Best Off-Grid Power Systems for Your Cabin
If you're contemplating off-grid power for your cabin or summer house, start here to learn the differences between solar, wind and water power.
Off-grid power has the potential to offer electrical freedom, if you have the money and skills to set up a functional system. So far, more than 180 000 American families live fully off-grid, and that number is rapidly growing. Off-grid power has many benefits, as well as some considerable drawbacks.
If you’re considering going off-grid with your cabin, keep reading and learn the ins and outs of off-grid power.
What Is Off-Grid Power?
Off-grid power is the harnessing of electricity independent of utilities, such as the electrical grid, through a renewable resource. The three main methods of off-grid power production are solar, wind, and micro-hydro. All convert their energy source to direct current electricity, unlike the alternating current provided by electrical grids worldwide.
Direct current electricity involves the energized electrons that create power flowing in only one consistent direction. Alternating current involves a constant switching of the electrons’ direction. In the U.S. this switch happens 60 times each second.
Benefits and Drawbacks of Off-Grid Power
Off-grid power has many benefits, including:
- Full energy independence, freeing you from tapping into the nearest grid and paying the power company each month for the privilege.
- A nearly non-existent carbon footprint, an attractive option for those concerned about their impact on the environment.
- A way to sidestep the fear by some folks that the grid infrastructure will eventually collapse, along with the economy.
Off-grid power system drawbacks include:
- A system completely independent of the grid requires expensive equipment, which the owner must buy and set up before switching on the lights. On a personal note: When my wife and I were building our cabin in the woods of Ontario, Canada, we initially looked at solar energy as our main source of electricity. Trouble was, even a simple system would have cost us nearly $30,000 and still not satisfied all our electrical needs.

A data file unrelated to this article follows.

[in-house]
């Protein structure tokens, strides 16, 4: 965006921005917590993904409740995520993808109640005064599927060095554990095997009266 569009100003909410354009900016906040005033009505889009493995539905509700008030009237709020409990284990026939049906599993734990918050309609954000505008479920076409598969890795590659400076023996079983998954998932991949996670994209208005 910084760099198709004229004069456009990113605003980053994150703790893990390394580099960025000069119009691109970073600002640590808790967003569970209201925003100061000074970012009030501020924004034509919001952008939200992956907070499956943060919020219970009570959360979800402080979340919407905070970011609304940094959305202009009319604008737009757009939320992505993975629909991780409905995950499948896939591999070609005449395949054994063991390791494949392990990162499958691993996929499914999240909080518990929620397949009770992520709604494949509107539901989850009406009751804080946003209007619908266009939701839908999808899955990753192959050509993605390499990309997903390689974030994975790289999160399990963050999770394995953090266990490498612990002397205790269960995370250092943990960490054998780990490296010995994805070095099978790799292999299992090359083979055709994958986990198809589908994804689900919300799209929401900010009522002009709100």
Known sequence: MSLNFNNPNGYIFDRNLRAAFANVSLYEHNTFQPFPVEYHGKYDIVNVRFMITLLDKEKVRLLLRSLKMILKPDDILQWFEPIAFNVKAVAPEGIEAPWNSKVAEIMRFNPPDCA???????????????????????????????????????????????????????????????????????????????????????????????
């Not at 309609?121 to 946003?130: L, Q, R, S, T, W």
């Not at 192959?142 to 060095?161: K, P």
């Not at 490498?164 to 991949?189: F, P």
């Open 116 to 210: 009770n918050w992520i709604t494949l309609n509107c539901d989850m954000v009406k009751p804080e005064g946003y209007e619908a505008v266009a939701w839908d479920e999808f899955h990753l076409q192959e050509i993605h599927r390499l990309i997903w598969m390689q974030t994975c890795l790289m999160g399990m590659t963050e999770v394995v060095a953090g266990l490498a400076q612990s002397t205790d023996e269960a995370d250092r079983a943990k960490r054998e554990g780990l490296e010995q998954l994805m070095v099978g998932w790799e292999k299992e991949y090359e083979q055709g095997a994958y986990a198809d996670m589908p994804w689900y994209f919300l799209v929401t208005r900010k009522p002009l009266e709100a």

- Off-grid power systems are location dependent. Depending on the type you choose, it won’t produce energy all or even most of the time, requiring a backup generator to pick up the slack.
Off-Grid Power System Options
Solar energy is harnessed using photovoltaic panels which convert sunlight to electricity.
Pros: Of the three main types of off-grid energy, solar is most practical, because it needs the fewest special conditions to work. All you need is a reasonably sunny location. Most places in the world qualify.
Cons: Solar provides the least electrical bang for your buck (setup cost per kilowatt hour of output) thanks to the high cost of equipment. It’s also a sporadic energy source. Factoring in cloudy days and nighttime, your system will harness the sun’s power less than half the time. That means relying on a backup generator and bank of batteries.
Wind energy turns the motion of air into electricity using a turbine and generator. Wind moves the blades of the turbine, causing the internal generator to spin and produce electricity, which is fed into the system demanding energy.
Pros: Setup costs are lower than solar, making wind the middle runner in initial outlay.
Cons: Many places aren’t windy enough for the system to work. Turbulence or “dirty wind” is also a problem. Even if your location is extremely windy, it won’t do you any good if it swirls aimlessly instead of blowing in a consistent direction. Wind turbines need large areas of open space to work properly. And like solar, wind energy is far from constant.
Micro-hydro energy works much like wind energy, using naturally occurring motion to spin a turbine, converting movement to electricity. The motion in this case is the flow of water.
Pros: Micro-hydro produces the most electricity per financial investment. It’s also a constant energy source, as long as the water source exists.
Cons: Lack of viable locations. Only a few places in the world offer water sources with enough volume and sufficient “head” (distance the water descends vertically over a given horizontal distance) to provide a meaningful amount of energy.